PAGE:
Nokia-Microsoft deal 'good' for developers and operators

Summary:Nokia and Microsoft's smartphone tie-in will benefit developers, publishers and mobile operators, the companies said as they explained the rationale behind the deal

Nokia's adoption of Windows Phone 7 as its primary smartphone platform will work in the interests of application developers, mobile operators and content publishers, company chief Stephen Elop said at an investor conference on Friday.

Nokia Microsoft deal

The Nokia-Microsoft partnership is "good for developers and publishers", Nokia's chief Stephen Elop said, pictured with Microsoft's Steve Ballmer. Photo credit: David Meyer

A couple of hours after Nokia announced the tie-in at Nokia's Capital Markets Day in London, Elop said Windows Phone 7 developers would particularly benefit from the deal, which will see Nokia abandon its historical focus on Symbian and drop the idea of basing high-end phones on MeeGo. Analysts said the announcement confirms Symbian is no longer worth developers' attention at all.

"The entire smartphone market is growing rapidly, and we should be setting the pace," Elop said. "The game has changed from a battle of devices to a war of ecosystems.

"This is good for developers and publishers. They can take the skills they already have for Windows and Windows-related platforms and apply them to this [new ecosystem]. It gives them access to Nokia's global scale," he said.

The entire smartphone market is growing rapidly, and we should be setting the pace. The game has changed from a battle of devices to a war of ecosystems.

– Stephen Elop, Nokia

Suggesting that the Nokia-Microsoft deal means the smartphone market is now a "three-horse race" — the 'horses' being Windows Phone 7, Google's Android and Apple's iOS — Elop said operators had reacted positively when Nokia told them of the new arrangement, as they have needed a "credible alternative" to Google and Apple's operating systems.

"One of the things I heard from a European operator was, 'thank you; we are all smiles'," said Elop, who moved to Nokia from Microsoft in September. He explained that Nokia's Symbian expertise will be used to "help Microsoft go downscale" and address a wider market around the world.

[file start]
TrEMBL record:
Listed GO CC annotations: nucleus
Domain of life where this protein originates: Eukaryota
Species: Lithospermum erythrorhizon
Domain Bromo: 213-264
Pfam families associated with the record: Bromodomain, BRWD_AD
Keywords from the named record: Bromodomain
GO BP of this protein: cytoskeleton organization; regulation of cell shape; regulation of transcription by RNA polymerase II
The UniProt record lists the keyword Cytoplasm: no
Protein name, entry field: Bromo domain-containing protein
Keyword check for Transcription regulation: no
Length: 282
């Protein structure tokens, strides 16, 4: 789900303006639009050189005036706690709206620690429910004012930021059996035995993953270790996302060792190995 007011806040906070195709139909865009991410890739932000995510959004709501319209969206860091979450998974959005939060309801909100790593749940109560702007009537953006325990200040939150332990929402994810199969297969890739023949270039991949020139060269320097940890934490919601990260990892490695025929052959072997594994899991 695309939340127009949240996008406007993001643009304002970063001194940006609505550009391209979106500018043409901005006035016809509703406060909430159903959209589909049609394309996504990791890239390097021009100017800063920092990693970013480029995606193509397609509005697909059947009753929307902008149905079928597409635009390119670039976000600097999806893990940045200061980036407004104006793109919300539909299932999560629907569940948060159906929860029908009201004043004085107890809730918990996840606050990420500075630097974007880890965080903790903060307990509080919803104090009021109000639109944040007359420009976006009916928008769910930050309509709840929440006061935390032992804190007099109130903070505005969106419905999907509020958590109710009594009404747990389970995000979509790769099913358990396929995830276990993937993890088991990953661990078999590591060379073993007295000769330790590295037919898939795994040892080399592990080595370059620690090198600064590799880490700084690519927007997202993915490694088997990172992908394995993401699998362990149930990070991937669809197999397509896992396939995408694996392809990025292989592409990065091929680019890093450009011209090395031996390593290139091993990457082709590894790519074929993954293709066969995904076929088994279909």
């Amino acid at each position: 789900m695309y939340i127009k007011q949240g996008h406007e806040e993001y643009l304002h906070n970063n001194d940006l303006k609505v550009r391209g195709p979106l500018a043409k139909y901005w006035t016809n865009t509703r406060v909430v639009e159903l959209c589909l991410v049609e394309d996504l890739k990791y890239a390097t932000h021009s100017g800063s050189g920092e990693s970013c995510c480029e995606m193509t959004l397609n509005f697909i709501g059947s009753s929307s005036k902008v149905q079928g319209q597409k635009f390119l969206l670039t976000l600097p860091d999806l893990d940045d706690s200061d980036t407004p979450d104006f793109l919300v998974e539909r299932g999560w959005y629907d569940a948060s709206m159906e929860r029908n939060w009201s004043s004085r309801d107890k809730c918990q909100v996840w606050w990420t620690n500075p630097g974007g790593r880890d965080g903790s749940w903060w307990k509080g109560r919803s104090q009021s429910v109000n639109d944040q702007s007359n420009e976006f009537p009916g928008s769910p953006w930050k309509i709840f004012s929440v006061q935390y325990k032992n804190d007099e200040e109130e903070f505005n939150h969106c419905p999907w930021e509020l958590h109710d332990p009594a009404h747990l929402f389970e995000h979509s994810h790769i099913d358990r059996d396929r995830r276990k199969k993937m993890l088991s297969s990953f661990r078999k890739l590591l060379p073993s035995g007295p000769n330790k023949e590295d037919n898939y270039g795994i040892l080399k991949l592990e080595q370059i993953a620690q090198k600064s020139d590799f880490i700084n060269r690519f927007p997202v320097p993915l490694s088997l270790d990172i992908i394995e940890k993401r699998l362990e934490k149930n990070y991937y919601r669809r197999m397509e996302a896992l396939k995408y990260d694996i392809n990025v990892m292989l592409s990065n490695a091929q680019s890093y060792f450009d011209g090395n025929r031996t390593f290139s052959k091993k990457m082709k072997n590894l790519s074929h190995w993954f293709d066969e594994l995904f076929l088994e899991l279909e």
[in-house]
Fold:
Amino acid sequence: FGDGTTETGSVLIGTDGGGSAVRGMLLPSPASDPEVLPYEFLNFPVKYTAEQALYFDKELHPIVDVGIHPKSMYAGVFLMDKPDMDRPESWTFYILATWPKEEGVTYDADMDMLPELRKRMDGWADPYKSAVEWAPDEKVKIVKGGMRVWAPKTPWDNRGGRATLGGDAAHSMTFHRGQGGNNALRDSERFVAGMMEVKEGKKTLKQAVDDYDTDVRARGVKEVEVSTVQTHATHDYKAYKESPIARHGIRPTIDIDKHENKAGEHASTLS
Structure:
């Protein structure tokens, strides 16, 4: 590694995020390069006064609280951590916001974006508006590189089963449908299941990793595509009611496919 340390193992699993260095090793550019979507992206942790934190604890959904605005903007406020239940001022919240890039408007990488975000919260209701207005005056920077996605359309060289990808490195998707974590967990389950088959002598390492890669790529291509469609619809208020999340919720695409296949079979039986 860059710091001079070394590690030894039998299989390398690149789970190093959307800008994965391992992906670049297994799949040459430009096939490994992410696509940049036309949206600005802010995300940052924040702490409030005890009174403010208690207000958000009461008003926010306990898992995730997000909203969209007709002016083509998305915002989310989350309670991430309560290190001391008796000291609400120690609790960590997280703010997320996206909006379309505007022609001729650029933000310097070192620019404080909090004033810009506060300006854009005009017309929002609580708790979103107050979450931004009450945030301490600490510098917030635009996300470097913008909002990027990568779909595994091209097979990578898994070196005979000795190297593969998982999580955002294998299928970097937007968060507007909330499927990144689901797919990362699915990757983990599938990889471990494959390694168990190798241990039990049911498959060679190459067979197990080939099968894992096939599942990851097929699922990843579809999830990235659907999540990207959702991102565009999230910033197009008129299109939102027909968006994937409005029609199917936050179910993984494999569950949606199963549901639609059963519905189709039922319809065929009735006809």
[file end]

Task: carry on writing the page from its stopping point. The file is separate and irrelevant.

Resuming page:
Symbian is 'dead'

Ian Fogg, a Forrester analyst, said that Nokia is right to keep Symbian going for a while, as it "can't suddenly stop supporting" the hundreds of millions of Symbian handsets that are in use. However, he said, the Microsoft tie-in means Symbian is "essentially dead as a smartphone platform".

"That leaves open the possibility that [Symbian] will continue as a super-feature-phone platform," Fogg told ZDNet UK, adding that this will fit in with the fact that developers have already started abandoning the platform. "Symbian has already lost developer mindshare. This will confirm what most developers already believed."

Fogg pointed out that Nokia will have to release a Windows Phone soon, as the news on Friday "undermines all the current smartphones Nokia has on sale".

"Nokia has to move very quickly on Windows Phone 7 devices, or they risk slumping sales," Fogg said. "Today they didn't even give an approximate date as to when they expect the first Nokia Windows Phone 7 phones to ship."

Ovum analyst Tony Cripps agreed about Nokia's need for speed, saying that "if there wasn't more than one [Nokia Windows Phone 7 handset] by mid-year, you might start wondering whether the partnership was working out".

Win for Microsoft

Fogg characterised the deal as a "big win for Microsoft". He noted that the US software maker has "signed up the largest handset maker by volume by far" and has gained a partner that will focus on Windows Phone 7. Microsoft's existing Windows Phone 7 manufacturers, such as LG, HTC and Samsung, are all significantly invested in Android as well, he pointed out.

For his part, Microsoft chief executive Steve Ballmer said at the event that his company has...

Topics: Mobility, Smartphones

About

David Meyer is a freelance technology journalist. He fell into journalism when he realised his musical career wouldn't be paying many bills. His early journalistic career was spent in general news, working behind the scenes for BBC radio and on-air as a newsreader for independent stations. David's main focus is on communications, of both... Full Bio

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